I was tidying up and sort of looking over things in my workroom and surprise, surprise, I came across this abandoned project! Wow! Does not happen often! It was from two years ago and I think what happened, I was cleaning up for company coming, just put this into a covered bin, and you know, out of sight out of mind.

My inspiration, back at the time, was from my Ireland hiking trip and the beautiful Aran knits found in some shops there. Unfortunately, the majority of them are industrial machine-made versions of the hand knits of yester year, but inspiring nonetheless. I had taken some photos to remind myself and one that stuck most in my mind was this poncho. I liked the simplicity, two rectangles joined in a way to make a triangular cover-up and the neckline could be filled in with another straight strip if needed. I was on it!

I had made this first piece, based on some of the Aran stitch patterns in my ‘Handbook for Manual Machine Knitters’ (available on, spreading various cables over 48-0-49 sets on the LK150. Looking at it now, I realize I had a brand-new hem technique to share as well as the rest of the stuff!

#152 Aran Poncho Hem. Chain cast-on, hand transferred scallop made by multiple transfers, eyelets eliminated and 2X1 mini cable with tuck rib. 12 stitch repeat, side away is right side.

1. Cast-on waste yarn, ravel cord. Mark every 12th needle, starting with #1 right. RC000. CAR. Measure out MC 4X width of ns in work, plus 8-10 inches. Double it over on itself to have 2 strands together. This will make a long-enough double strand for the chain cast-on. Bring ns to D/E. 

2.    With next size-up latch tool, chain loosely from left to right.  Anchor last loop on end needle. Close latches. Single strand, MT+1, knit 2 rows.

3.   Using 5-prong tool, transfer as in chart for row 3, starting with #1 right as the centre with 3 stitches together. Fill in empty needles with heel stitch from adjacent stitch. Knit 2 rows.  RC004.

4.    Using 4-prong tool, transfer as in chart for row 5. Fill in empty needles with heel stitch from adjacent stitch. Knit 2 rows.  RC006.

5.     Continue as in chart, make mini cables after row 7 and row 11. Continue as in chart to RC012.

6.     Leave the tuck rib business until this row – because the stitch drops down and is reformed on every other row, it can be done in one operation, instead of every other row!

7.     Remove. Turn. Rehang. K2R. RTR. (This makes a two-row purl border.) RC014. Wrong side facing again, ready for next step!


P.S. thanks for all your encouragement! I still have lots to say and share. Cross your fingers! I’m going to give Blogger another shot… 

Tuesday, September 29, 2020

old yarn...

The weather has  definitely turned – no sleeveless and something warm required! Really like the shape of that tunic so my next attempt is same but different. A bit longer, with long sleeves. In checking over my wardrobe, I realize I have nothing very casual and zero in the way of a pullover/old sweatshirt sort of thing so, here goes! Pulled out 2 cones of Forsell Suva Nights in midnight, black and dark navy, really old stuff, wool with a cotton slub, knits as 4 ply. Used this yarn lots in the past but it was discontinued long ago so this could have been on my shelves 15 years or more. I want to knit the 1RT (one-row-tuck) loosely again to create a thinner fabric and I go back to one of my favourite Knitwords patterns, ‘Caped Wrapper’ from #43 Swatched, making sure to use waste yarn before the ribbed cast-on because this yarn is already on the soft/not too strong side, without factoring in the age thing. Got the swatch made, with T9 and the second set at T10. After getting it off the machine, I could see there were a couple of breaks in the rib but because it was Full Needle Rib, it picked up and knit without me noticing, not something you’d want to happen in a garment but the single bed stuff knit perfectly. I determined that the loose tension on the rib was the source of the problems and after washing and drying the swatch, jumped into full garment mode in spite of the few little breaks. Using a tighter tension for the rib worked fine and I had the Back done in no time. In case the yarn breaks across the row, here are a few tips: Another thing I do is the position of the machine: Long story short, on the Front, the yarn broke once, but the ‘thwack’ alerted me in time and no problem. Feeling confident, and knitting slowly, the first sleeve just about did me in - I stopped counting after 9 breaks, but persevered because it was always happening at the end of the row and nothing was lost, didn’t have to rip out or rehang anything. By this time I was contemplating sleeveless but determination kept me going and what do you know, the second sleeve came off like a dream, no breaks! Got it finished up, washed and dried and love it! It will be my Thanksgiving dinner outfit!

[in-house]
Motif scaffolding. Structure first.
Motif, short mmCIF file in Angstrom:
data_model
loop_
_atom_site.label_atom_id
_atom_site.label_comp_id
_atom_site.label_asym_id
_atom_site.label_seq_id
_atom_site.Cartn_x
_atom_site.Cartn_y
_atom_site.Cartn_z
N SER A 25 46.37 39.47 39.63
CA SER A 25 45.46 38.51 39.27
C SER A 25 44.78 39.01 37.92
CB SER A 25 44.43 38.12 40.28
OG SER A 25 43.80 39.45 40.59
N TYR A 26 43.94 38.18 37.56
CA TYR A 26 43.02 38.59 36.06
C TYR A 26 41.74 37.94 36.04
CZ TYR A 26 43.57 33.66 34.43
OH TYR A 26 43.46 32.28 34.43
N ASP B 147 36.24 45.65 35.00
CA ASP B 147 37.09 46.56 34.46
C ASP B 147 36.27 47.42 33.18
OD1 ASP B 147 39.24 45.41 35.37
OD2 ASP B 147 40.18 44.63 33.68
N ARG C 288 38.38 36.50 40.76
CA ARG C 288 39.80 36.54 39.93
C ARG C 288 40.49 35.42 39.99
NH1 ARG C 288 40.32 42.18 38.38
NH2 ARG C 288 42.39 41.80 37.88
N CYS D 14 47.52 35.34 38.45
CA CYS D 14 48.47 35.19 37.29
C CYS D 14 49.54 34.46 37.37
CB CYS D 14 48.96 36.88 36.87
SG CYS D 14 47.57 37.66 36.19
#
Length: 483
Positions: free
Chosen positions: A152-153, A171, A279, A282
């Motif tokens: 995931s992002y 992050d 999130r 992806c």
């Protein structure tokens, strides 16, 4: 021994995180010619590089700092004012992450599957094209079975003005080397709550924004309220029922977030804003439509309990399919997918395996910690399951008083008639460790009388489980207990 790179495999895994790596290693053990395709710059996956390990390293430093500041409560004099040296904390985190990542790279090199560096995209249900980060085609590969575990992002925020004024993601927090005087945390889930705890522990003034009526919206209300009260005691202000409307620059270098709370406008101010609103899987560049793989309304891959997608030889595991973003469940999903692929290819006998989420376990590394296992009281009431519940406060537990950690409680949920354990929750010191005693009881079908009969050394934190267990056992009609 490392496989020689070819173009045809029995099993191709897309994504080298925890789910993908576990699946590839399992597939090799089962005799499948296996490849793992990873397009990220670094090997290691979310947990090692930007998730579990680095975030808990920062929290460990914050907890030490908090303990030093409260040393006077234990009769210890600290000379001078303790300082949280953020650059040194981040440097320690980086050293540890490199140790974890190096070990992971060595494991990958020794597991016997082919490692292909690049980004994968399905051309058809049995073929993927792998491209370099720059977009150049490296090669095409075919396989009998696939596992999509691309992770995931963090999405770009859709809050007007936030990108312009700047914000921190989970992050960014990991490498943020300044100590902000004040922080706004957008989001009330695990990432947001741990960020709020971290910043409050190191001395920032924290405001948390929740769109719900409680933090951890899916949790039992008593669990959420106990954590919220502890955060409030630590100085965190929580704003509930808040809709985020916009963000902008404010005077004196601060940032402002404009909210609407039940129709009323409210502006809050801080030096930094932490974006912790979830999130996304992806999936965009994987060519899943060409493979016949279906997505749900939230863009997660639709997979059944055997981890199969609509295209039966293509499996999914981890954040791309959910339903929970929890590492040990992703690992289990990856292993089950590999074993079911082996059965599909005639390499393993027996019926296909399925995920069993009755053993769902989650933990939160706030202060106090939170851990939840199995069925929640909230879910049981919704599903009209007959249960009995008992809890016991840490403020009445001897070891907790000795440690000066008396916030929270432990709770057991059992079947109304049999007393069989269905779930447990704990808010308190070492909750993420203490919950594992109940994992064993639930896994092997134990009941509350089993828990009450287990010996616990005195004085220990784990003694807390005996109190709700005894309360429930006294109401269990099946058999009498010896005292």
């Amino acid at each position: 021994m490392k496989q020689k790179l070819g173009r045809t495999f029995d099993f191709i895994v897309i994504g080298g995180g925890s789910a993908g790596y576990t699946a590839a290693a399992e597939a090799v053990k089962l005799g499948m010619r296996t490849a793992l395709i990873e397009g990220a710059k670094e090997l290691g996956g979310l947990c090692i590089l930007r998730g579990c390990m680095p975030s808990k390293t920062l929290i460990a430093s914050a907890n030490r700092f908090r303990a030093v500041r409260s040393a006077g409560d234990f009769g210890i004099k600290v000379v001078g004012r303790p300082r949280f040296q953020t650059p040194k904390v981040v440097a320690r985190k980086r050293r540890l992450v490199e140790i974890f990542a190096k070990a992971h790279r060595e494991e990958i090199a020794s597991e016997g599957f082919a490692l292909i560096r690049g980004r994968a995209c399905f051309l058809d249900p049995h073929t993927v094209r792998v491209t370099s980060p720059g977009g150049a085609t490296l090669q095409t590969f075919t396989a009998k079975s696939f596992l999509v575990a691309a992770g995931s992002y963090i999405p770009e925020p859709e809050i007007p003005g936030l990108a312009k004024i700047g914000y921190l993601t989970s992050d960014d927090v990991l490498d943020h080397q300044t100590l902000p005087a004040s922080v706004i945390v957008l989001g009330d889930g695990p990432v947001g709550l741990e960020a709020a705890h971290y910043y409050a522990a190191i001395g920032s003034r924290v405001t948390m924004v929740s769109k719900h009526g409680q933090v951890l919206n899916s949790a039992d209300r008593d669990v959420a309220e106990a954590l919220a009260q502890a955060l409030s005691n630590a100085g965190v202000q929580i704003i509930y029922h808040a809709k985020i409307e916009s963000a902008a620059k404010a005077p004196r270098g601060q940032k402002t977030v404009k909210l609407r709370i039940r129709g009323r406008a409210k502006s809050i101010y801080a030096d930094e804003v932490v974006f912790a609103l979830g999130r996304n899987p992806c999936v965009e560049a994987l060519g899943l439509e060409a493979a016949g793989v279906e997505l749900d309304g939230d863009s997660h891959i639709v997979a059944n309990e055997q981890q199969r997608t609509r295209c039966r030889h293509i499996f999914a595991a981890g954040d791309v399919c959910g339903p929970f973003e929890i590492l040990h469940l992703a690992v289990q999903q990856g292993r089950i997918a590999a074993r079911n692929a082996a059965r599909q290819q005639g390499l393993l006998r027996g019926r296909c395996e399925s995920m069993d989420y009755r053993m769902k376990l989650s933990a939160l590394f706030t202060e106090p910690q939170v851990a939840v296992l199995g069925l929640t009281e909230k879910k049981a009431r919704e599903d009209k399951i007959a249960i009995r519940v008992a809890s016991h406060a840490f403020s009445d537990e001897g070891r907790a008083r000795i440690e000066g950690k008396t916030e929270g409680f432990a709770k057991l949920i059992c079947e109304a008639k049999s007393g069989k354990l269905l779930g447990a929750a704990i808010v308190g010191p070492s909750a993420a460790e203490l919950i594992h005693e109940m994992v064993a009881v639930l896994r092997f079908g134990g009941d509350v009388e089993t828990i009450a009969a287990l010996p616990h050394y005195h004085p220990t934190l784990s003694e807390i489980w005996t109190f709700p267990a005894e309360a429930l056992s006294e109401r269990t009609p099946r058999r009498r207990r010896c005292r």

PS  Blogger has changed things and I'm not figuring it out...this could be the end...

Tuesday, September 15, 2020

easy bind edge question...

I got an email the other day and thought it would maybe help others out.
Greetings Mary Anne,
I’m not sure how I’ve lived my machine knitting life without knowledge of your blog, but I just found a small book in my inherited collection called
50 Ways to Love Your Knitter and between that and your blog I feel like I’ve gone to MK Nirvana.